By Kenneth H. Hooley
Let me open by saying that I realize that the A. Douglas Smith, Jr. Research Lodge #1949 is normally engaged in passive research. That is to say that its usual preoccupation lies in the collection, collation, and interpretation of past and present events with Freemasonry for the use and benefit of future generations.
However, our Fraternity now faces a serious national decline in membership of alarming proportions. It has been entrenched for at least 10 years. In 1974 national Blue Lodge membership stood at 4 million. At the end of 1984 membership had declined to about 3 million, a straight-line attrition of about simple 2.5 percent per year. This is the most optimistic analysis. More likely, this decline is tracing a parabolic curve, like a mortgage wherein the remaining balance reduces to a near vertical descent in the latter years of the mortgage term. On this basis, national Masonic membership could well be near only 500,000 within the next 35 years. Consider the consequences against the backdrop of positive growth in national population! This means that Freemasonry is in crisis. It also means that strong and appropriate corrective measures must be implemented as quickly as possible.
Adopted by action of the Grand Lodge of the State of Illinois; October 10, 1939; Republished in THE TRACING BOARD, GRS; November, 2000.
Freemasonry is a charitable, benevolent, educational and religious society. Its principles are proclaimed as widely as men will hear. Its only secrets are in its methods of recognition and of symbolic instruction.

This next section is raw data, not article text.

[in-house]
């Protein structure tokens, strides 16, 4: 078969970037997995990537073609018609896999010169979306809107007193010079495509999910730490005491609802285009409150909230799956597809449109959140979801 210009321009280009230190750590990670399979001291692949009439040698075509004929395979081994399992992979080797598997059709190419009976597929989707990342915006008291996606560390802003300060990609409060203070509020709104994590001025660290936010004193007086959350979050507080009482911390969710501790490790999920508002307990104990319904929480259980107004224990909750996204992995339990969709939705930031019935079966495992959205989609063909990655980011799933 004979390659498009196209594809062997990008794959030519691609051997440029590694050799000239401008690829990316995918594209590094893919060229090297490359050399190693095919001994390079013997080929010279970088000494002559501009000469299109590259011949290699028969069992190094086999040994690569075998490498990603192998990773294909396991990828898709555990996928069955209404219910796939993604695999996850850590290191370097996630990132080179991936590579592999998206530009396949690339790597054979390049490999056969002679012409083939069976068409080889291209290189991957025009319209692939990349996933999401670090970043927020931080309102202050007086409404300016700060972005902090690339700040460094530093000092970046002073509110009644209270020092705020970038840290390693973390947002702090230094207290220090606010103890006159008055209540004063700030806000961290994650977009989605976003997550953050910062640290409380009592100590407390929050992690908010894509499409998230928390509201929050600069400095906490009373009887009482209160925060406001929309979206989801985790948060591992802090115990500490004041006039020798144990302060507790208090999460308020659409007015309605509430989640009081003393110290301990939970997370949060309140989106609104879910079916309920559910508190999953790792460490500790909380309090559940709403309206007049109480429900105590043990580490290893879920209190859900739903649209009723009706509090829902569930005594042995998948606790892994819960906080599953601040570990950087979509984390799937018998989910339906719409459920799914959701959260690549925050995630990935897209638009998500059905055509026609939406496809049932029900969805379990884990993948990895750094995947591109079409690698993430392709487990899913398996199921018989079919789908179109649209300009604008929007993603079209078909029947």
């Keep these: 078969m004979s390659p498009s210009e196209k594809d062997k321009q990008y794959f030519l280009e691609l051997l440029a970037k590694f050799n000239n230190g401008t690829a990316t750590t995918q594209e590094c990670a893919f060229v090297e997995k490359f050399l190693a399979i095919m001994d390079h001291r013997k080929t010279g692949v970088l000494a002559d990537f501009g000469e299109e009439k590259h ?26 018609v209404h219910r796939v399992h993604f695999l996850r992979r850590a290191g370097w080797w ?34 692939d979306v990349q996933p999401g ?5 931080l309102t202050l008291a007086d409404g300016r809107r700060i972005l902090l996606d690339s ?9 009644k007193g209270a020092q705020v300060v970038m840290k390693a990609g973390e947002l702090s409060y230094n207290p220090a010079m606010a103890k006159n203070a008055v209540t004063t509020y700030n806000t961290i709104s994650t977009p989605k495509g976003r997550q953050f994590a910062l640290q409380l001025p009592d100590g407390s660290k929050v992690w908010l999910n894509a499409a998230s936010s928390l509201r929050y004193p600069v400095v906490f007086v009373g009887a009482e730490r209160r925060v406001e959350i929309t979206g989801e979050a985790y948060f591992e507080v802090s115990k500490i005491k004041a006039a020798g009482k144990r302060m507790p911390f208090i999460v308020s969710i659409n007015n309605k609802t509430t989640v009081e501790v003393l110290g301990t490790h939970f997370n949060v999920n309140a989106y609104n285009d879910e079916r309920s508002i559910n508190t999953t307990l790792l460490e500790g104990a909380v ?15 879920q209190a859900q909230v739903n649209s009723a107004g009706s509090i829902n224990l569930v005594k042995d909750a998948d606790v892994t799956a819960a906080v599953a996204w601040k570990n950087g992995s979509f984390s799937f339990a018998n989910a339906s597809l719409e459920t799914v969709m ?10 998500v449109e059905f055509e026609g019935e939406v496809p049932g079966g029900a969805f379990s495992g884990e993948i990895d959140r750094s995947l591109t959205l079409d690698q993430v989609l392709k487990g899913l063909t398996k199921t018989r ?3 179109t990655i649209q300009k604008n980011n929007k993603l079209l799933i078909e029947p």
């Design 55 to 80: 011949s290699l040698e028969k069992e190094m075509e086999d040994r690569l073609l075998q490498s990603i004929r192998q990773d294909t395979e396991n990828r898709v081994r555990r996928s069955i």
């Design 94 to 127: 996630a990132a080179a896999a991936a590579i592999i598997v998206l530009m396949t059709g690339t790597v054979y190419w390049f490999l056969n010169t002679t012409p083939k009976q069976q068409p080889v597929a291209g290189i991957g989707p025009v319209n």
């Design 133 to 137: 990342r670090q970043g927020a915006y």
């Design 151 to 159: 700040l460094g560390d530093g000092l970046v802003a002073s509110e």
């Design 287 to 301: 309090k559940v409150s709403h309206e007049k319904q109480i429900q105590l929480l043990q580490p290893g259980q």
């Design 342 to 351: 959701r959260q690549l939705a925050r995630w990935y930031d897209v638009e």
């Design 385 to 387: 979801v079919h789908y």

It is charitable in that it is not organized for profit and none of its income inures to the benefit of any individual, but all is devoted to the promotion of the welfare and happiness of mankind. It is benevolent in that it teaches and exemplifies altruism as a duty. It is educational in that it teaches by prescribed ceremonials a system of morality and brotherhood based upon the Sacred Law.
Photo taken at Toronto on the 23rd November, 1998 on the occasion of the Officers of the High Council, S.R.I.C., receiving their Ninth Grade from M.W. Dr. Claude Brodeur, Honorary Immediate Past Supreme Magus of the S.R.I.C.
Addressed to the Learned Europe
HERE GENTLE READER, YOU shall find incorporated in our Confession thirty-seven reasons of purpose and intention, the which according to thy pleasure thou mayest seek out and compare together, considering within thyself if they be sufficient to allure thee. Verily, it requires no small pains to induce any one to believe what doth not yet appear, but when it shall be revealed in the full blaze of day, I suppose we should be ashamed of such questionings. And as we do now securely call the Pope Antichrist, which was formerly a capital offence in every place, so we know certainly that what we here keep secret we shall in the future thunder forth with uplifted voice, the which, reader, with us desire with all thy heart that it may happen most speedily.
Author Unknown: Reprinted District #20 AF & AM, GRA; Original Masonic Temple 345 West Monroe, Phoenix, Arizona 86003. PRINTED IN GRAND LODGE BULLETIN; G.R.A.; April, 1979.